While the two sides are hashing it out, Sherman says the Dodgers channel should be made available immediately, beginning with Tuesday night's game against the Atlanta Braves.

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As big data gets bigger, GIS marketers' place on the map expands

GIS TECH 001

Benjamin Brayfield/KPCC

Rancho Cucamonga Fire Department Battalion Chief Ivan Rojer, left, and Deputy Chief Mike Costello demonstrate the geographic information system they use to track fire trucks and identify areas in the city with a high volume of calls for service.

GIS TECH 002

Benjamin Brayfield/KPCC

Light poles along the Pacific Electric Trail are numbered and logged in the City of Rancho Cucamonga's geographic information system. If a person calls 911 along the trail, the dispatcher will request the number from the nearest light pole, which will allow emergency responders to exactly locate the individual.

GIS TECH 003

Benjamin Brayfield/KPCC

Rancho Cucamonga Fire Department Battalion Chief Ivan Rojer demonstrates the capabilities of their geographic information system to track first responders and organize resources. The days of drawing out a response plan on a map are over, Rojer said.

GIS TECH 004

Benjamin Brayfield/KPCC

Rancho Cucamonga Fire Department Battalion Chief Ivan Rojer checks the status of an emergency call on the city's geographic information system.

Esri: San Diego map

Courtesy Esri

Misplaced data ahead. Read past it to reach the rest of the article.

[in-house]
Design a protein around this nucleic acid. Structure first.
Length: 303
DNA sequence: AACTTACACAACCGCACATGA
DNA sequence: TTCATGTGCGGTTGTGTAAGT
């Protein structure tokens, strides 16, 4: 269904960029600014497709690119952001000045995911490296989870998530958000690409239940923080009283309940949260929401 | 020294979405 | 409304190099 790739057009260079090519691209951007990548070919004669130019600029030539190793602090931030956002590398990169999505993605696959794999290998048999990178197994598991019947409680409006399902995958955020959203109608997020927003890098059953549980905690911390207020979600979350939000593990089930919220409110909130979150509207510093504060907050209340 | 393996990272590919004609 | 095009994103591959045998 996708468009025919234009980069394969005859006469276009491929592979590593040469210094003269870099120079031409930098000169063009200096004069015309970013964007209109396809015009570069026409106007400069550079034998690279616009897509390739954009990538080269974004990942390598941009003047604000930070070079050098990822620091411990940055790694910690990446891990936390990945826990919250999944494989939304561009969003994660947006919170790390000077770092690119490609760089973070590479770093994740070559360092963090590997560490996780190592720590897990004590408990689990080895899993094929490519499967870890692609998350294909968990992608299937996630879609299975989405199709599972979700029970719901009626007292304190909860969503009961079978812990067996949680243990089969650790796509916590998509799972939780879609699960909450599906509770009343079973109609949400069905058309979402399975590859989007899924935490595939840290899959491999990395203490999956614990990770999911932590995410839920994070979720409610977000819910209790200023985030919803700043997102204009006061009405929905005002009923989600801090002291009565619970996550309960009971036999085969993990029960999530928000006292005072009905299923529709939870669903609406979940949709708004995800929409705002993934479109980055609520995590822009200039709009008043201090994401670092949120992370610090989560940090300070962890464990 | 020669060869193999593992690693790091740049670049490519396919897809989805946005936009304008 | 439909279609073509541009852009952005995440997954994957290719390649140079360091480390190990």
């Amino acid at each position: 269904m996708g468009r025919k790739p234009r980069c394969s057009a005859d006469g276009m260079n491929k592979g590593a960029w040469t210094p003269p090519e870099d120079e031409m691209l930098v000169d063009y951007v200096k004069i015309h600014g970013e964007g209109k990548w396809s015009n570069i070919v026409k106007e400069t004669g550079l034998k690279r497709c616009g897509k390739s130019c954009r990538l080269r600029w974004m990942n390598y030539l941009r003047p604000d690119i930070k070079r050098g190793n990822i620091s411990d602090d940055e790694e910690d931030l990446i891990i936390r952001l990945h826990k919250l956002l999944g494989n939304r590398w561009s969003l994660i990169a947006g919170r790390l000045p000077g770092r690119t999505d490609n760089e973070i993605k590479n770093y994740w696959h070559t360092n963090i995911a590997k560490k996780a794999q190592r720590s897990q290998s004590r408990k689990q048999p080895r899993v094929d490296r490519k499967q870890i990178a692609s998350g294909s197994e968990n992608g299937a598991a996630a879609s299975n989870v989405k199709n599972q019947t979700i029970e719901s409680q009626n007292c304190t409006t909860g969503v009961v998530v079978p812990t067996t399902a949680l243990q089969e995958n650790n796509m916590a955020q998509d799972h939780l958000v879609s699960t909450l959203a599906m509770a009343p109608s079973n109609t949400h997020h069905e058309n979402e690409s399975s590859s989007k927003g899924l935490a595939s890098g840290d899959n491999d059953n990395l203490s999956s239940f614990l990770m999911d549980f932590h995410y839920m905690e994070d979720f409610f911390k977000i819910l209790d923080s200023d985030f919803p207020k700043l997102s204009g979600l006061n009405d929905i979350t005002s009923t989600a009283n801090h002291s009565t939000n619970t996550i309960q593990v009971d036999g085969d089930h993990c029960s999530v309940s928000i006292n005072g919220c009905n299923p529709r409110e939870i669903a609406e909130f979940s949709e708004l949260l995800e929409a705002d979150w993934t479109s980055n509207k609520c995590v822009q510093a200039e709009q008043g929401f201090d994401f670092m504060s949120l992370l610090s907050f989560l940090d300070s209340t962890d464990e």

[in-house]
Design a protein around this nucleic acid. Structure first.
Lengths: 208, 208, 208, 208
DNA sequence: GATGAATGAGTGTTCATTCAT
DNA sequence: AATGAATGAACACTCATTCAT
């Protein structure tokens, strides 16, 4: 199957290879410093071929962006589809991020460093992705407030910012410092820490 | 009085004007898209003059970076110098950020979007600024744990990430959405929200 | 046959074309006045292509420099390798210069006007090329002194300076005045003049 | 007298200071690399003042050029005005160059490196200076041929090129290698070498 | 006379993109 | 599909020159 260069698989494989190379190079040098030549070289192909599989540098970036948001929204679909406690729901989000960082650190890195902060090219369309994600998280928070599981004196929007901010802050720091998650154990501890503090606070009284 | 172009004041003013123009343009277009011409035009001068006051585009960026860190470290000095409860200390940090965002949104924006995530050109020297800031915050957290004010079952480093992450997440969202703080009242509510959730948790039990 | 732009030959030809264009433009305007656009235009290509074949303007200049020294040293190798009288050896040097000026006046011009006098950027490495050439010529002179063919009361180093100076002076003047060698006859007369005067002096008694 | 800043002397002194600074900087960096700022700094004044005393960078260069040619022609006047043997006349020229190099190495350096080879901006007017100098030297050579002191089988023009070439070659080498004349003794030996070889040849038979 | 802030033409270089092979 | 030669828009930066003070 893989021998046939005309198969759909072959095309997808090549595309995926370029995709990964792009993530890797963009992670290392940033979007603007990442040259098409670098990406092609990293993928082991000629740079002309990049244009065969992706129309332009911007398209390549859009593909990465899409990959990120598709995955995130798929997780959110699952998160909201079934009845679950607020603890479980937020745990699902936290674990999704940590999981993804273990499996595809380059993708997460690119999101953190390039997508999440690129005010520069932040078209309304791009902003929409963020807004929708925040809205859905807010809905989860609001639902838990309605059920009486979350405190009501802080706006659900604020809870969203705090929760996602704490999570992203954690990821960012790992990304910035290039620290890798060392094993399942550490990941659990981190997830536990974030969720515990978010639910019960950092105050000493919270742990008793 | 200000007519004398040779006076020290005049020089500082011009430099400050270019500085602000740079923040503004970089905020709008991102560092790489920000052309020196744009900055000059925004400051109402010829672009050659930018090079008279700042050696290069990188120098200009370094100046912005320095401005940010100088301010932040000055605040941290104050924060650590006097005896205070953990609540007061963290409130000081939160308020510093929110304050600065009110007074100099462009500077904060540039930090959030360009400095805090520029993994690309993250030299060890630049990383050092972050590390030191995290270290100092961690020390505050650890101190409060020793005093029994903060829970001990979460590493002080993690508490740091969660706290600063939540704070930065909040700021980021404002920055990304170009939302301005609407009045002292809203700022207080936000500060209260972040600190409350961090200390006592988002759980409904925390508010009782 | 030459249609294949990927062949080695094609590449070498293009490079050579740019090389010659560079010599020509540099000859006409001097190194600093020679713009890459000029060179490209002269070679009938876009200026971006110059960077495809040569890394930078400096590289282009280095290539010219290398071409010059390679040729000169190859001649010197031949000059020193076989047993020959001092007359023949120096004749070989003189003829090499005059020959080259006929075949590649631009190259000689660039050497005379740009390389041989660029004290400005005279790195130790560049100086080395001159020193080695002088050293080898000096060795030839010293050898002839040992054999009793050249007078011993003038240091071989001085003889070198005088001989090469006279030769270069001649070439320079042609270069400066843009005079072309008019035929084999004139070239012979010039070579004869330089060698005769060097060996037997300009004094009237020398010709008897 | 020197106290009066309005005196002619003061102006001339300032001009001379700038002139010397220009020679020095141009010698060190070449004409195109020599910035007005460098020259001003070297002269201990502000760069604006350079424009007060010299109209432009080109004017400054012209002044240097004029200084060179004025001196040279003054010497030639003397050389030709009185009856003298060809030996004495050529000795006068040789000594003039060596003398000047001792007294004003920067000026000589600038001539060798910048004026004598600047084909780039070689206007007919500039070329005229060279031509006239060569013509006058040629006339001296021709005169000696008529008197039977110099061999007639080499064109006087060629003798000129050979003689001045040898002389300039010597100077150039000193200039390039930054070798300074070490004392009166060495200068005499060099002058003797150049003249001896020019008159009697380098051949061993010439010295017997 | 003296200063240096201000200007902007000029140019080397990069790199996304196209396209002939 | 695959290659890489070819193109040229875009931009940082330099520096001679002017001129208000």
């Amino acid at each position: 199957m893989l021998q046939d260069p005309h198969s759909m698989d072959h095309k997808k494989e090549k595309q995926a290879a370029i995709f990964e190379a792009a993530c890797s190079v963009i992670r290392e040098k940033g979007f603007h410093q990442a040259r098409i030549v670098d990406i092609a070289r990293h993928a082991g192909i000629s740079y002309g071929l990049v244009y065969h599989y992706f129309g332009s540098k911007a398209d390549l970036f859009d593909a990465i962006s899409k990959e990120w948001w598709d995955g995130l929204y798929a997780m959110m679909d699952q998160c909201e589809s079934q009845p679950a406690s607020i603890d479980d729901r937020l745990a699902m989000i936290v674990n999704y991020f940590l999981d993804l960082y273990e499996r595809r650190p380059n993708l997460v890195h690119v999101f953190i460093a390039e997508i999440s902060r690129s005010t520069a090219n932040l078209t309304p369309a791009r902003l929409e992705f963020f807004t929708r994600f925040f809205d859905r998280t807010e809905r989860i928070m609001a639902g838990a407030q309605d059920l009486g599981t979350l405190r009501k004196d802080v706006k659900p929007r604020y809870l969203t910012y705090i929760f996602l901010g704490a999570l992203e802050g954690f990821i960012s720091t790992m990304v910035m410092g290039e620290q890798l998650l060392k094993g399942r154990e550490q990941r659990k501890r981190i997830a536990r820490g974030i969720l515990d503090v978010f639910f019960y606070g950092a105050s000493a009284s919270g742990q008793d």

An Esri visualization of median income by population density for San Diego County.


When Starbucks is deciding where to put a new location…when the World Health Organization needs to find out where polio is still a threat…when a city wants to know if its planned new convention center is in a flood zone…they all use maps.

Of course, the maps have gotten a lot more advanced and accessible.  Google and GPS providers have put interactive maps at our fingertips and in our cars' dashboards. The term for computerized mapping and all that comes with it is "GIS" for Geographical Information Systems.   Over the years, the market for "GIS" software alone has grown to between $3 and $4 billion per year.

Thousands of data locations... in Rancho Cucamonga

The city of Rancho Cucamonga has a GIS budget of a $1.1 million per year.  A GIS staff of 10 to 12 provides layered maps of everything from fire zones to sidewalk cracks to banners saluting military service personnel. It's mapped the campuses of local schools, with 360-degree photo pans of classrooms. The maps come up on tablet and computer screens in offices, fire trucks, and the Chevy suburban driven by Fire Department Battalion Chief Ivan Rojer.  

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Landing on the ballot: 2 Santa Monica Airport measures

Santa Monica Airport 3

Ken Scarboro/KPCC

Neighbors of Santa Monica Airport have complained about noise from the aircraft taking off and landing, and they post signs asking pilots to fly quietly.

Voters in Santa Monica will play air traffic controllers in November, as two competing measures regarding the Santa Monica Airport will appear on the ballot. 

The Santa Monica City Council this week finalized language for a measure that would give the city more control over the airport - including the ability to close it - though a public vote would be required for any major redevelopment. It will appear on the ballot this way:

Shall the City Charter be amended to:  1) prohibit new development on Airport land, except for parks, public open spaces and public recreational facilities, until the voters approve limits on the uses and development that may occur on the land; and 2) affirm the City  Council’s authority to manage the Airport and to close all or part of it.

As the Santa Monica Daily Press reports, that measure will go "head to head" with one supported by the Aircraft Owners and Pilots Association and other proponents of keeping the airport open. Its ballot title: